Tribes unhappy with lack of progress on big water agreement

The Klamath River in northern California. Photo U.S. Fish & WIldlife Service, Klamath Basin Ecoregion Collection

The Klamath Basin Restoration Agreement is falling apart as tribes withdraw from a deal that was meant to resolve long-standing water issues in northern California and southern Oregon.

The deal was originally signed in February 2010. But Congress has failed to take action and the Yurok Tribe said the agreement has been modified so many times that its provisions have become "unachievable."

"The Yurok Tribe played a leadership role and invested extensive financial, technical, and human resources in the process," a notice of withdrawal stated. "The bargained for benefits of the Klamath Agreements, however, have drastically changed since their passage in 2010."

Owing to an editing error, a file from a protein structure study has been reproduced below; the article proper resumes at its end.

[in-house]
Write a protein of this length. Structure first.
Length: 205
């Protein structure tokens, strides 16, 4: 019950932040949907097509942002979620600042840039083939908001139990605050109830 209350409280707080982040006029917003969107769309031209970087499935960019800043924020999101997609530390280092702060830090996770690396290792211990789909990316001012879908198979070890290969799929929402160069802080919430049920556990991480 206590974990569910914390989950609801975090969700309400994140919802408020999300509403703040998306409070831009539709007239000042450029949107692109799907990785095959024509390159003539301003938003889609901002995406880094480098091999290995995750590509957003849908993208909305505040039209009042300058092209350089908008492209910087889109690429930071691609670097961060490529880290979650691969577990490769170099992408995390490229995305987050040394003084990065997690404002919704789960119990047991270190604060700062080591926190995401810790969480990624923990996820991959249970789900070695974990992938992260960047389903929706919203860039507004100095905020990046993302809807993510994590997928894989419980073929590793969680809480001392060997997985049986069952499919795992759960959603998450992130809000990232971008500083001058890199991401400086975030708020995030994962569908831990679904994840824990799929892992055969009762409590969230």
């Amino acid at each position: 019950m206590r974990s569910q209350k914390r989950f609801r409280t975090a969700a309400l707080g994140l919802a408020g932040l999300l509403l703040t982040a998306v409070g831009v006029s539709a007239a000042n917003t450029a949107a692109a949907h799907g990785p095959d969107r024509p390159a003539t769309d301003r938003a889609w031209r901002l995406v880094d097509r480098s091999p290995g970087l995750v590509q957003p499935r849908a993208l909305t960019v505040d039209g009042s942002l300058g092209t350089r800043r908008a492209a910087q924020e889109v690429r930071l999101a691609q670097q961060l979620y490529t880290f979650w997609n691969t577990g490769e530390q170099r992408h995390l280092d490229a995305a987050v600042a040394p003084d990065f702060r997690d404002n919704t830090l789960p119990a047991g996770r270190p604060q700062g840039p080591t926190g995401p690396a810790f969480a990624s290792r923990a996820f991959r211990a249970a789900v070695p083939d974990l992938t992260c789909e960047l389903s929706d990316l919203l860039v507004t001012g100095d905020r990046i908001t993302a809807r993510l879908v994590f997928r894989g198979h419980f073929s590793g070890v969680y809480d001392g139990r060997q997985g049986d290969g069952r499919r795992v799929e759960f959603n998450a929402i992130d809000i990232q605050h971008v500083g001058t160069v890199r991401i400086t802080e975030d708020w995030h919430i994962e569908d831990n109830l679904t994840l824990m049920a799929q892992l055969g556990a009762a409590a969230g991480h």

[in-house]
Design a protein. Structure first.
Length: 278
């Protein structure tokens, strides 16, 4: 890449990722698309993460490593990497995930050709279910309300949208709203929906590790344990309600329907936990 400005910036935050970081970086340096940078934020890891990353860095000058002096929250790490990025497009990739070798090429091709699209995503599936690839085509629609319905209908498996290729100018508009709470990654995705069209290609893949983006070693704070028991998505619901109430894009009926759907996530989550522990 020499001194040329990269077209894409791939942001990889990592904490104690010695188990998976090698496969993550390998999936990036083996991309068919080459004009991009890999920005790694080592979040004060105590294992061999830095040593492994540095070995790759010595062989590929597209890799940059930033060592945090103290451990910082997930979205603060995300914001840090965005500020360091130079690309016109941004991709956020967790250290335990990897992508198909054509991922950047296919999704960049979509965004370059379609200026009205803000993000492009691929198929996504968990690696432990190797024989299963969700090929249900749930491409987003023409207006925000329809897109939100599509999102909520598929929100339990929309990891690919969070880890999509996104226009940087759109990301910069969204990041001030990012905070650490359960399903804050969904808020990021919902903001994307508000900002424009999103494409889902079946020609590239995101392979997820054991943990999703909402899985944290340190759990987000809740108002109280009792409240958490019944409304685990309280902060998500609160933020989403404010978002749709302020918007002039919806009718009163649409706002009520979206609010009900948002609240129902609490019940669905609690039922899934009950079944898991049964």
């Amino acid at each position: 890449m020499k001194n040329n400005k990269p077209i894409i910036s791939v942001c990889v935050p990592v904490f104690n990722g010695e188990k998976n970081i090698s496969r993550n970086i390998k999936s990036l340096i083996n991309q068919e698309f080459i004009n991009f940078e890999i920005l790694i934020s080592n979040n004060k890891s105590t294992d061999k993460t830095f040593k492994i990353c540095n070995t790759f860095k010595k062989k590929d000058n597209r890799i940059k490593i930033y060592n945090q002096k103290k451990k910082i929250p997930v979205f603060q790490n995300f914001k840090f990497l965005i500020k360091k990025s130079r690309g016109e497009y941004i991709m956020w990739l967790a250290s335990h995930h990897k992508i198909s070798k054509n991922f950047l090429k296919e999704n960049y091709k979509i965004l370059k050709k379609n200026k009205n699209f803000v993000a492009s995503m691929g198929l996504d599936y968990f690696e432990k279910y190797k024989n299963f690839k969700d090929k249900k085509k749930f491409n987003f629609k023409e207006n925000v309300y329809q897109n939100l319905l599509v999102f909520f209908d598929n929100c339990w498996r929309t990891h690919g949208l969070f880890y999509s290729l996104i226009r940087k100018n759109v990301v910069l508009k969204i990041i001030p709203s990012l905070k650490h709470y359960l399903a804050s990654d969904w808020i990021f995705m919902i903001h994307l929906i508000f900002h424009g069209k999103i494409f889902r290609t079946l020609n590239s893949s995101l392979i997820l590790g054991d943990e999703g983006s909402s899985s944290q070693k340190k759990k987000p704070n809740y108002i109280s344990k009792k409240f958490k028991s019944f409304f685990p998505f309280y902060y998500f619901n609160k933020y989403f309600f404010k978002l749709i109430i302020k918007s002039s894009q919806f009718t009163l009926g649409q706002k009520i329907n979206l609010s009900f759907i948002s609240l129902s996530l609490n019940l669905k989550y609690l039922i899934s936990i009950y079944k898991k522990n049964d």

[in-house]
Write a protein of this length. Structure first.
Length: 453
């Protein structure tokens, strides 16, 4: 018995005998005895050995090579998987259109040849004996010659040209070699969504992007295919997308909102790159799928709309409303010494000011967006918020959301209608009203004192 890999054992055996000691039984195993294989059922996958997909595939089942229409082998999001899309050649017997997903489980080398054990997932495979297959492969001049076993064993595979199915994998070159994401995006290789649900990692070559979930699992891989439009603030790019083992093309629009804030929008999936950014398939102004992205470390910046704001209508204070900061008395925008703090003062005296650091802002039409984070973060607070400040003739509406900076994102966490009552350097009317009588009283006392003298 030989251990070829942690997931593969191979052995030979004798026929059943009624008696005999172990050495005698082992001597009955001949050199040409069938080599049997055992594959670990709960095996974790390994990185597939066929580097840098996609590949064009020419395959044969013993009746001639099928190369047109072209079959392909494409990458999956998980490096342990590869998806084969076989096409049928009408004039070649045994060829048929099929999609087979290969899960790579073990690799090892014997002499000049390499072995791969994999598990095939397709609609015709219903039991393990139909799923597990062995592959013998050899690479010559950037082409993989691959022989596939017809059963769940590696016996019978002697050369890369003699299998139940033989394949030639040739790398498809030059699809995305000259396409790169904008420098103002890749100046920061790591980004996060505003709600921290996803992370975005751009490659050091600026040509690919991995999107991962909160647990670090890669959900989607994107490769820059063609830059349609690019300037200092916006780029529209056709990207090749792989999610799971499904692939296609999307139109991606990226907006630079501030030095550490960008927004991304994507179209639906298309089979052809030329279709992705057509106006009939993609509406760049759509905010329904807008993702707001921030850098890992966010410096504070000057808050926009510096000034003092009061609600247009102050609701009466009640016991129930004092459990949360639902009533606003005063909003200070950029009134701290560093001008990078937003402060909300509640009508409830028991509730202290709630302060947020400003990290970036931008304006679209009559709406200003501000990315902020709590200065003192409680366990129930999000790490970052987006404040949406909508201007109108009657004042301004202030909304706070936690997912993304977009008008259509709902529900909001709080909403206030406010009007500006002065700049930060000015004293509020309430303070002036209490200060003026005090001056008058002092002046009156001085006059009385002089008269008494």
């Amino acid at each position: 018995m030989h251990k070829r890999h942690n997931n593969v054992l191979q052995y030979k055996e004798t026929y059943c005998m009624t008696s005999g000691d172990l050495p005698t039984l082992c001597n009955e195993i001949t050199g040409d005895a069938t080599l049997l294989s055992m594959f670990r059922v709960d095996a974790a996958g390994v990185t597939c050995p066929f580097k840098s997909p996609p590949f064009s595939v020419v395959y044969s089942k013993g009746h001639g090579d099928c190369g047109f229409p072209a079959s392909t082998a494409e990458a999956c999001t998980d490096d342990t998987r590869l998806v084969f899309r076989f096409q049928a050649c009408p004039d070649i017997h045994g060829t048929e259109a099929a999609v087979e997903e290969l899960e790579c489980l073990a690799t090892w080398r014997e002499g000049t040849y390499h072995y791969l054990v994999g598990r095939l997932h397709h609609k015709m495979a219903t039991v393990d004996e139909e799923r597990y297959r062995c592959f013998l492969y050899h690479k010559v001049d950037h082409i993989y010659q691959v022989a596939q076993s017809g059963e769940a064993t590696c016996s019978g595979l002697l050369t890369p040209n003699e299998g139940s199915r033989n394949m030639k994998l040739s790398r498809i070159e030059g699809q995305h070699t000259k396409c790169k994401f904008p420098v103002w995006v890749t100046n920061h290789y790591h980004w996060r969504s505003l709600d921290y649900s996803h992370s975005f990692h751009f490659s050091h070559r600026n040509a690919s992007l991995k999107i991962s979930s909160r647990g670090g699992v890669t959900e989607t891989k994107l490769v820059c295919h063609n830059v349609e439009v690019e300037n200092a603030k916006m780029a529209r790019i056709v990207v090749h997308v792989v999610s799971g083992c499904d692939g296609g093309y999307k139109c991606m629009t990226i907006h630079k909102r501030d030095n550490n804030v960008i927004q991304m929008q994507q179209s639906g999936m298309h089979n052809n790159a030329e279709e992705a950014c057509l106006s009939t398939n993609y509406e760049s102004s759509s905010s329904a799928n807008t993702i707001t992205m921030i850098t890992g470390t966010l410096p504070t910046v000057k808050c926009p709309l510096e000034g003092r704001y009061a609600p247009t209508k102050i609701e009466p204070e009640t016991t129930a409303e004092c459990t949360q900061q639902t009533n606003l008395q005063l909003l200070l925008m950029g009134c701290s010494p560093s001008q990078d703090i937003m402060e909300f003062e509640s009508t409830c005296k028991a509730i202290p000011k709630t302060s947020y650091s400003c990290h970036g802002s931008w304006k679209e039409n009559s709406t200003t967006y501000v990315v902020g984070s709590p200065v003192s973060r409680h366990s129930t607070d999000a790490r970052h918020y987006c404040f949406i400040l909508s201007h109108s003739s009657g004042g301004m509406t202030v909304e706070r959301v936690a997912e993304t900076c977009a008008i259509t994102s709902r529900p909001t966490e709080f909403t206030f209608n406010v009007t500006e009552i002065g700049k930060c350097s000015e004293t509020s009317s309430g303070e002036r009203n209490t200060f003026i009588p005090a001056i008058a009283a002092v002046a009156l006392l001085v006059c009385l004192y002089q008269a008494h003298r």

The Karuk Tribe, also in California, is planning to withdraw unless Congress takes action by the end of the year, The Eureka Times-Standard reported. The Klamath Tribes of Oregon also might walk away, the paper said.

The Hoopa Valley Tribe of California had not signed onto the agreement.

The deal sought to address water issues for the tribes. Lack of water flows have hurt runs of salmon and other fish. The tribes' water rights have never been fully quantified either.

Get the Story:
Tribes eye leaving Klamath Basin deals (The Eureka Times-Standard 9/16)
Tribe pulls out of river pact (The Del Norte Triplicate 9/17)

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